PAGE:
Every Dog has Its Day: Thoughts on Gluttony

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The 66lb hot dog sundae from Epic Meal Time includes chimichurri, donuts, caviar, bacon, chili, and pad Thai among other things. It is the most extreme example of the super-size-me, everything-included food culture we have become accustomed to over the past 10 to 20 years.

While I enjoy bizarre food combinations and strange cuisines (e.g. peanut butter on a cheeseburger, chicken and waffles, french fries and milkshakes, pickles with cake frosting, kimchi on chicken-fried steak etc.), I found myself disturbed (as well as disgusted) by Epic Meal’s compulsion to pour the contents of an entire grocery store on top of a frankfurter.

This got me thinking about the nature of gluttony, not only as an excess of food (both in quantity and quality), but also as the epitome of excess as an impulse across human experience.  Continue reading

On the Rightness of Exercising your Rights

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This weekend a Florida jury decided that George Zimmerman did not murder Trayvon Martin. Zimmerman exercised his right to defend himself with lethal force. My knowledge of this case is far from perfect, but the evidence seems to cast shadows of doubt every which way. The jury found that Zimmerman operated within the rights which Florida state-law granted him.

This case has once again caused me to ponder the relationship between “rights” and “rightness.” I believe that having the right to do something does not entail that the exercising of that right is always morally right. We equivocate easily. Shouldn’t a right always be right? I don’t think so.

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The Christian Imagery of DreamWorks’ Guardians

Though Easter 2013 has recently passed, I have just gotten around to watching one of the movies from Christmas 2012. This weekend my family watched DreamWorks’ The Rise of the Guardians. Even though it did not do terribly well at the box office, I decided to give it a try because the critics gave it positive reviews.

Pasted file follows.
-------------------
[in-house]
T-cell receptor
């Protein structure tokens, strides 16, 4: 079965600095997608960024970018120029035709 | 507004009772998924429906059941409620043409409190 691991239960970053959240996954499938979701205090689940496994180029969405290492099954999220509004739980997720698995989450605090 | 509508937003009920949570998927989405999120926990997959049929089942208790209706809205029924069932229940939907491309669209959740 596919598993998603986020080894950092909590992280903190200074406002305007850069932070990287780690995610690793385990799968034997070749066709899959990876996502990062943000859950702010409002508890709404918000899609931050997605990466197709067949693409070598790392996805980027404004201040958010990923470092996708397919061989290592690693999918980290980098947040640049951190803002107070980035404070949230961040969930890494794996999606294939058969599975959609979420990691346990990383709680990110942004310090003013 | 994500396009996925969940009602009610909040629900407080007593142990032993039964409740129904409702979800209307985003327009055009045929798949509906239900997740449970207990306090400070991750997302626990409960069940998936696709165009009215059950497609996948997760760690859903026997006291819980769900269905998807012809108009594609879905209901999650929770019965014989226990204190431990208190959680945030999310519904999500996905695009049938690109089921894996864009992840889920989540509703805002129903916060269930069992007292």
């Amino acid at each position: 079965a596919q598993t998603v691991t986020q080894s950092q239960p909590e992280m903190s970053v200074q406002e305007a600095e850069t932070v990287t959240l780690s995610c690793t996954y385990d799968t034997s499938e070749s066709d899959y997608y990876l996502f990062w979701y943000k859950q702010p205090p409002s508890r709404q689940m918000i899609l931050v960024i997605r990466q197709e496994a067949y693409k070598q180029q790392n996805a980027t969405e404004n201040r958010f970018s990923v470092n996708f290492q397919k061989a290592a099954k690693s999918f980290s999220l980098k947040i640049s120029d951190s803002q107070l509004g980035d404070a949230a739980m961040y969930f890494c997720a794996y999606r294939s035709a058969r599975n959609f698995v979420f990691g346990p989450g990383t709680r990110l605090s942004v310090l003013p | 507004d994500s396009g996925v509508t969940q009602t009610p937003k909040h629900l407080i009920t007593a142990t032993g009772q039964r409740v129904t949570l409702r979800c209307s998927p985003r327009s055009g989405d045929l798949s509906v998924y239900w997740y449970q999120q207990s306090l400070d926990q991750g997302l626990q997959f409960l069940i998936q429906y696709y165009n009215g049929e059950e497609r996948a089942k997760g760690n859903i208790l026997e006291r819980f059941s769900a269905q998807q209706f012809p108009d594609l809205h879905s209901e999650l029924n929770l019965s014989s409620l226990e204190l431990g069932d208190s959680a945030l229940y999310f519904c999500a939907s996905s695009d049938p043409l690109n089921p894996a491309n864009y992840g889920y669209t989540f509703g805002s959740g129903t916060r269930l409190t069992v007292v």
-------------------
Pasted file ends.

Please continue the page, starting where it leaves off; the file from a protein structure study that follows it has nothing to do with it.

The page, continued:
I knew the basic storyline before popping in the DVD. Santa Claus, Sandman, the Easter Bunny, and the Tooth Fairy have to protect the world’s children from evil. Along the way they get some unlikely help from Jack Frost.

This movie twists up all the traditional imagery from America’s holiday traditions. Santa Claus, referred to as “North,” features prominently, but he wields two swords (in a jolly manner) as he protects the world’s children. The movie also depicts the Easter Bunny as a boomerang wielding Australian jackrabbit. I expected a fun adventure story for the kids, but I got more than I bargained for. I did not expect that the movie would contain so many obvious allusions to Christianity.

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Time for a New National Anthem?

I have to admit, I cry when I hear our national anthem played at the Olympics. Well, maybe not cry, but it does stir my emotions.  I love those few bright moments watching a young athlete take the podium, representing the best of their country.  I love it when they cry.  For Americans, our flag and anthem are outward and visible reminders of the promise of our nation – liberty, equality, the rule of law, and opportunity.      The symbols mean something.   I’m moved when others understand that something.

And while I love our flag,  I’m not a great fan of the national anthem.  The Star Spangled Banner was made our official anthem by President Hoover in 1931, largely at the request of John Phillips Sousa.  Written by Francis Scott Key in 1814, the Star Spangled Banner began as a poem in honor of the brave men of Fort McHenry who withstood British bombardment during the war of 1812. Keys was onboard a British ship effecting the release of some American prisoners when he witnessed the nighttime bombardment of the fort, rocket’s red glare and all.  When the dawn’s early light came, the American flag was still flying, giving proof that the fort had not surrendered.  So moved was keys by the sight that he sat down and wrote a poem entitled the Defense of Fort McHenry.  The poem was quickly set to the tune of an English drinking song (which may explain why it’s so difficult to sing) and became a popular anthem at patriotic events for over a century until it was made official.

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